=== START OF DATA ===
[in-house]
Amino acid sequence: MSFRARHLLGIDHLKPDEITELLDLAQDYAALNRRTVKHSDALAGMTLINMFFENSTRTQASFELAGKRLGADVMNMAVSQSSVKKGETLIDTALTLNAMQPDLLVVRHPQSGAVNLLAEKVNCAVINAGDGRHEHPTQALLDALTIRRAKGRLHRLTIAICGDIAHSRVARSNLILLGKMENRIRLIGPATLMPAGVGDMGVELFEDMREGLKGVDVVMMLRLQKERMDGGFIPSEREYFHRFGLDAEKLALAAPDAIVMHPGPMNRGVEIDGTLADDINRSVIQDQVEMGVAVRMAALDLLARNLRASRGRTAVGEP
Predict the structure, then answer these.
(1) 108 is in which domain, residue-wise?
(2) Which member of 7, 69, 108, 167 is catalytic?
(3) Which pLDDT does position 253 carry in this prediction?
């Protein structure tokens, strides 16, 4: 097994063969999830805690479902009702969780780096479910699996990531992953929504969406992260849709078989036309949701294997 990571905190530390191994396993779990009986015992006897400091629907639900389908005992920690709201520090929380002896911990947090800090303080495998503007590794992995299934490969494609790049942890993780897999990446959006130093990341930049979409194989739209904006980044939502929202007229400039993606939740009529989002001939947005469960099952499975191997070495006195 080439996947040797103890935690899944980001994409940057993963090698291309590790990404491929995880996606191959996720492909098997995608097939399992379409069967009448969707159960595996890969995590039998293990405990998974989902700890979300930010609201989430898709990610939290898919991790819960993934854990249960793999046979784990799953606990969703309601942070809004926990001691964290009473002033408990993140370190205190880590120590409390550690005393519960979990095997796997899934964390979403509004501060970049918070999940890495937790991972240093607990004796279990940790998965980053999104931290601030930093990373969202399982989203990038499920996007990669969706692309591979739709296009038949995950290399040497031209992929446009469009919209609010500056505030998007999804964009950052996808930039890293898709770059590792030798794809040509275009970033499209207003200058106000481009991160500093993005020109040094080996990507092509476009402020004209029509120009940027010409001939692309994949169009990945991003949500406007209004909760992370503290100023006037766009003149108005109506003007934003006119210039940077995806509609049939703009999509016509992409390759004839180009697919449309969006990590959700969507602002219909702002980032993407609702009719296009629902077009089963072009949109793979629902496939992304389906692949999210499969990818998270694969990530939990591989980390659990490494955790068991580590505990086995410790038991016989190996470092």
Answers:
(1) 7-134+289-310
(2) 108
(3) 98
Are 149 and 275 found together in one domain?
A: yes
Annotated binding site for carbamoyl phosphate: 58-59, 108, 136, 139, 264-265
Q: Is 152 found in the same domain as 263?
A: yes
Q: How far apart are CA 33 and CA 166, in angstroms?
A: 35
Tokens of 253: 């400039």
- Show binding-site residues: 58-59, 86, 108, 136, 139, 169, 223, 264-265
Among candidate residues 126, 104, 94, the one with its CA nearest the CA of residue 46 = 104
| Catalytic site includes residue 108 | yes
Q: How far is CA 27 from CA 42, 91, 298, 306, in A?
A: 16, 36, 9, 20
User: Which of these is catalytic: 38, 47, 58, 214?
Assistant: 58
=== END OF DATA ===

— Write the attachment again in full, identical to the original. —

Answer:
[in-house]
Amino acid sequence: MSFRARHLLGIDHLKPDEITELLDLAQDYAALNRRTVKHSDALAGMTLINMFFENSTRTQASFELAGKRLGADVMNMAVSQSSVKKGETLIDTALTLNAMQPDLLVVRHPQSGAVNLLAEKVNCAVINAGDGRHEHPTQALLDALTIRRAKGRLHRLTIAICGDIAHSRVARSNLILLGKMENRIRLIGPATLMPAGVGDMGVELFEDMREGLKGVDVVMMLRLQKERMDGGFIPSEREYFHRFGLDAEKLALAAPDAIVMHPGPMNRGVEIDGTLADDINRSVIQDQVEMGVAVRMAALDLLARNLRASRGRTAVGEP
Predict the structure, then answer these.
(1) 108 is in which domain, residue-wise?
(2) Which member of 7, 69, 108, 167 is catalytic?
(3) Which pLDDT does position 253 carry in this prediction?
């Protein structure tokens, strides 16, 4: 097994063969999830805690479902009702969780780096479910699996990531992953929504969406992260849709078989036309949701294997 990571905190530390191994396993779990009986015992006897400091629907639900389908005992920690709201520090929380002896911990947090800090303080495998503007590794992995299934490969494609790049942890993780897999990446959006130093990341930049979409194989739209904006980044939502929202007229400039993606939740009529989002001939947005469960099952499975191997070495006195 080439996947040797103890935690899944980001994409940057993963090698291309590790990404491929995880996606191959996720492909098997995608097939399992379409069967009448969707159960595996890969995590039998293990405990998974989902700890979300930010609201989430898709990610939290898919991790819960993934854990249960793999046979784990799953606990969703309601942070809004926990001691964290009473002033408990993140370190205190880590120590409390550690005393519960979990095997796997899934964390979403509004501060970049918070999940890495937790991972240093607990004796279990940790998965980053999104931290601030930093990373969202399982989203990038499920996007990669969706692309591979739709296009038949995950290399040497031209992929446009469009919209609010500056505030998007999804964009950052996808930039890293898709770059590792030798794809040509275009970033499209207003200058106000481009991160500093993005020109040094080996990507092509476009402020004209029509120009940027010409001939692309994949169009990945991003949500406007209004909760992370503290100023006037766009003149108005109506003007934003006119210039940077995806509609049939703009999509016509992409390759004839180009697919449309969006990590959700969507602002219909702002980032993407609702009719296009629902077009089963072009949109793979629902496939992304389906692949999210499969990818998270694969990530939990591989980390659990490494955790068991580590505990086995410790038991016989190996470092």
Answers:
(1) 7-134+289-310
(2) 108
(3) 98
Are 149 and 275 found together in one domain?
A: yes
Annotated binding site for carbamoyl phosphate: 58-59, 108, 136, 139, 264-265
Q: Is 152 found in the same domain as 263?
A: yes
Q: How far apart are CA 33 and CA 166, in angstroms?
A: 35
Tokens of 253: 């400039």
- Show binding-site residues: 58-59, 86, 108, 136, 139, 169, 223, 264-265
Among candidate residues 126, 104, 94, the one with its CA nearest the CA of residue 46 = 104
| Catalytic site includes residue 108 | yes
Q: How far is CA 27 from CA 42, 91, 298, 306, in A?
A: 16, 36, 9, 20
User: Which of these is catalytic: 38, 47, 58, 214?
Assistant: 58